You do not need to tell Alaskans that the climate is changing. From the coastal villages to the larger cities, Alaskans are grappling with changes to their food, infrastructure, and livelihoods. For example, for the first time ever, febrile seizures caused by overheating were reported in infants living in native villages last summer.
 
The ClimateWise team has been working with the Alaska Native Tribal Health Consortium for the past several years to determine how best to assist Alaskan communities as they address the impacts of changing climate conditions. Recently, our Executive Director, Tonya Graham, was invited to speak as part of a climate change track at the Alaska Tribal Conference on Environmental Management. The Conference brings together tribes, nonprofits, and government agencies for a week of break-out sessions, presentations, and trainings – all with the goal of finding solutions for concerns facing Alaskan communities.

According to Tonya, “In each of my trips to Alaska, I have heard many powerful, painful stories of loss related to climate change – particularly among Alaska’s native people. The impacts are accelerating rapidly and more communities and families are in real danger because of it. We are hopeful that ClimateWise can offer real help to the communities that need it.”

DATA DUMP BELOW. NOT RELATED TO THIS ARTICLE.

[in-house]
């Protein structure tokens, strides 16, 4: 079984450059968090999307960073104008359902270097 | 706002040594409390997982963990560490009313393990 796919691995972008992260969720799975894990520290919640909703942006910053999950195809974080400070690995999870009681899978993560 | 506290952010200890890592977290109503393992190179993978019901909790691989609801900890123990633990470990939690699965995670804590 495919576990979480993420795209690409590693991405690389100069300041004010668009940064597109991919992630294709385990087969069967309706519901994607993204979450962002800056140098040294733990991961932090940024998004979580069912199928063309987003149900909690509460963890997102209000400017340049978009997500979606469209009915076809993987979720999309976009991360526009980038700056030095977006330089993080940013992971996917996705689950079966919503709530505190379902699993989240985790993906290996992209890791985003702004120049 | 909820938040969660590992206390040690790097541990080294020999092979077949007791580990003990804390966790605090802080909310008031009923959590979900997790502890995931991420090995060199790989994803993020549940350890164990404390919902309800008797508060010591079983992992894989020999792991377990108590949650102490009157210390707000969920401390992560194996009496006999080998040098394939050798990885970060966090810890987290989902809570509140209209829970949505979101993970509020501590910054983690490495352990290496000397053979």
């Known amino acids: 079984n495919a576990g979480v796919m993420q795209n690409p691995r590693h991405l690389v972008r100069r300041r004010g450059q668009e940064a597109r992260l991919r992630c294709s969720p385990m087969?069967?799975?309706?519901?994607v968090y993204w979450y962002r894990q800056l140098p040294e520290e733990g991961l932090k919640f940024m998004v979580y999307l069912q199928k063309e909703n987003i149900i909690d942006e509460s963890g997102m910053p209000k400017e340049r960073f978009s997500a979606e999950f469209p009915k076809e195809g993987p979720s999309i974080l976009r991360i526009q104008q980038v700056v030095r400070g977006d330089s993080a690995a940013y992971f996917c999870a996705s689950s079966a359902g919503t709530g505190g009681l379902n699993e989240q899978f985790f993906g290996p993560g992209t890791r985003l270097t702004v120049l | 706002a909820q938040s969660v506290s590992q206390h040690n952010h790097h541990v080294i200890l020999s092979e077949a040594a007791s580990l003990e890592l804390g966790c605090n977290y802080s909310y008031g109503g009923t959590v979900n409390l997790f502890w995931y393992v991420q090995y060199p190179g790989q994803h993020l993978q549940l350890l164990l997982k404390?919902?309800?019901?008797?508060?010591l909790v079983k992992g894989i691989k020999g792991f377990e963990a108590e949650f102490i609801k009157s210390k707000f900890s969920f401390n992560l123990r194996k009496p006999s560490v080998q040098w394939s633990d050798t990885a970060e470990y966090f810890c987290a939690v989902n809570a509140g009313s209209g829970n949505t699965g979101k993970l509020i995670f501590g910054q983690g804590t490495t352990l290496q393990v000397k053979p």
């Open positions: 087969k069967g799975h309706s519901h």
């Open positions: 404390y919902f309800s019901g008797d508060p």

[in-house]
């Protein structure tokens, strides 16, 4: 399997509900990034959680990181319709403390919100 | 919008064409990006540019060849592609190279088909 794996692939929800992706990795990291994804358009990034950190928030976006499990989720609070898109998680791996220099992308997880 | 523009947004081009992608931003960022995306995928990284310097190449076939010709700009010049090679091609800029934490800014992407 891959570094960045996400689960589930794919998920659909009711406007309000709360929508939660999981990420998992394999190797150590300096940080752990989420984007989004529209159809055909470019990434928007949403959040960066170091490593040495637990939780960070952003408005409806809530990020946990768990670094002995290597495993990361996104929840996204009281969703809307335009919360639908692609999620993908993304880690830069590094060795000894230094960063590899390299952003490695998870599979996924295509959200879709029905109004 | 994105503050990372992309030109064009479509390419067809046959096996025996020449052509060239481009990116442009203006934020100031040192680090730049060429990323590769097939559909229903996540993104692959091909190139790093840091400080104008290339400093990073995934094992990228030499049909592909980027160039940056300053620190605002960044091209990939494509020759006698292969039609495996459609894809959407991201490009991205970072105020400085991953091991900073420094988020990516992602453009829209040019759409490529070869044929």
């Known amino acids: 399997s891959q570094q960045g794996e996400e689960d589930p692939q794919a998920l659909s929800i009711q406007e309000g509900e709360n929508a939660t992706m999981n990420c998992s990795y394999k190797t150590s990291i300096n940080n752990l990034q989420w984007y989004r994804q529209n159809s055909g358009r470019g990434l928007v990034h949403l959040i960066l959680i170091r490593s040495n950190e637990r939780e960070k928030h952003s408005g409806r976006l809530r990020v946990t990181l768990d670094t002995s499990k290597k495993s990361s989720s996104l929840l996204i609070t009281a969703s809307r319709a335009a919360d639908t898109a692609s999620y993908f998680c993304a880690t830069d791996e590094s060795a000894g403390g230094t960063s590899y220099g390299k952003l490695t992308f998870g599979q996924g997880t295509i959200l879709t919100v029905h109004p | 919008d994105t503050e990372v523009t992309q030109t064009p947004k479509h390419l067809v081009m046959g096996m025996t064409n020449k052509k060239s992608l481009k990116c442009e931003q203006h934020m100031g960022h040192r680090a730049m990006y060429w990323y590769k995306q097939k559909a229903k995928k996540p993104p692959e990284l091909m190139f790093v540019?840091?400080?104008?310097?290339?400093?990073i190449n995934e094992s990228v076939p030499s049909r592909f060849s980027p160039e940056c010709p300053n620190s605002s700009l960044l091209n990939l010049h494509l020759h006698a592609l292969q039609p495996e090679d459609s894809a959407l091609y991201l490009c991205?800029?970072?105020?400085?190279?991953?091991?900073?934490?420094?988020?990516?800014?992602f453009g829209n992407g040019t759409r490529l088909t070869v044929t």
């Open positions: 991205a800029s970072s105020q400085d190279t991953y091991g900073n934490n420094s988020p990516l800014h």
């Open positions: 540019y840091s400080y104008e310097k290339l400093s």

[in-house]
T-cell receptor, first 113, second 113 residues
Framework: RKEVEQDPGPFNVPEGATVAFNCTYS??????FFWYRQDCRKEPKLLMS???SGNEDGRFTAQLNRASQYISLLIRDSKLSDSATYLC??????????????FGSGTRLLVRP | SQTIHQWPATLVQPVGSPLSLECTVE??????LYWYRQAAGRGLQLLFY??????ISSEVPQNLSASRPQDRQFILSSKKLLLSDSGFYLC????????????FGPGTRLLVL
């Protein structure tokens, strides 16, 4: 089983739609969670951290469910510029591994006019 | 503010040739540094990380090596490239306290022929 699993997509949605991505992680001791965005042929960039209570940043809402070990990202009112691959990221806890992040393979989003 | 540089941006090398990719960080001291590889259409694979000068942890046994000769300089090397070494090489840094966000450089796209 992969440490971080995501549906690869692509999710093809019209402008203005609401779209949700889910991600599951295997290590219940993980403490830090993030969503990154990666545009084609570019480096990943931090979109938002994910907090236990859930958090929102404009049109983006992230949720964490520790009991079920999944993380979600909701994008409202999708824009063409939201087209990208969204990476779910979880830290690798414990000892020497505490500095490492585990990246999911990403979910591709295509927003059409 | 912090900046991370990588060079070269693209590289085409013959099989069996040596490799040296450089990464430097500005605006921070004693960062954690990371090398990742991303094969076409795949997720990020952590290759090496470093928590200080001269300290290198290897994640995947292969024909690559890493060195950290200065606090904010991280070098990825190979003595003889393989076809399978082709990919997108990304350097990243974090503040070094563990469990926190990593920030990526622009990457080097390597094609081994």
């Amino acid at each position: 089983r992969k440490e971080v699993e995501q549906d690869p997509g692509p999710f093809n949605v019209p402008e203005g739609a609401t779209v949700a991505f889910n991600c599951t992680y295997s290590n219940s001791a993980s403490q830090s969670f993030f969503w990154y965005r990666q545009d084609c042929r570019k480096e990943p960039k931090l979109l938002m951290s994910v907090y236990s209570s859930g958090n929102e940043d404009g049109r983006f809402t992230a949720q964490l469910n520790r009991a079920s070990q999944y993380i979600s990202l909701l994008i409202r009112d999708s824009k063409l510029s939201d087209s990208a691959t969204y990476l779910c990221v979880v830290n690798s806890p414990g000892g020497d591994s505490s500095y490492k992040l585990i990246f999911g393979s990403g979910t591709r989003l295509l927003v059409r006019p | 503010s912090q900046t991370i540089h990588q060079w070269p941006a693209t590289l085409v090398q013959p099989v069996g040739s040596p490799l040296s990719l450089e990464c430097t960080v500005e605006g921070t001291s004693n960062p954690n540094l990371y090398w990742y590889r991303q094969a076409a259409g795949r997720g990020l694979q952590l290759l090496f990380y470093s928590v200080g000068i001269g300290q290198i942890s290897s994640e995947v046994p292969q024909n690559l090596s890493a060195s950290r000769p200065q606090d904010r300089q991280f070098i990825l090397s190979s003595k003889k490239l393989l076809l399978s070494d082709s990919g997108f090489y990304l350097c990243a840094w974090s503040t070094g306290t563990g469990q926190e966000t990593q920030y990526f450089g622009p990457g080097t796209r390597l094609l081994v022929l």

We are working with a variety of agencies, individuals, and funding organizations to put a program on the ground in Alaska by the end of 2015.
 
The powerpoint for Tonya’s presentation can be found here: 

​ 

austin lake travis boat

Hot Enough Yet?

austin lake travis boatThe Future of Extreme Weather in Central Texas

Austin and Killeen, Texas have experienced many temperature and precipitation extremes in the last decade. As climate change accelerates, residents can expect more days of extreme heat, fewer overnight freezes, and more frequent periods of drought than there have been historically.

Continue reading

presidential taskforce on climate preparedness and resilience

The President’s Taskforce on Climate Preparedness and Resilience

The President’s Taskforce on Climate Preparedness and Resilience was set up to develop guidance on how the federal government can best support local communities in the face of climate change. The Taskforce was composed of 26 governors, mayors, county officials, and tribal leaders from around the nation. The Taskforce met from Nov. 2013-July 2014 and released their final report in Nov. 2014.

Continue reading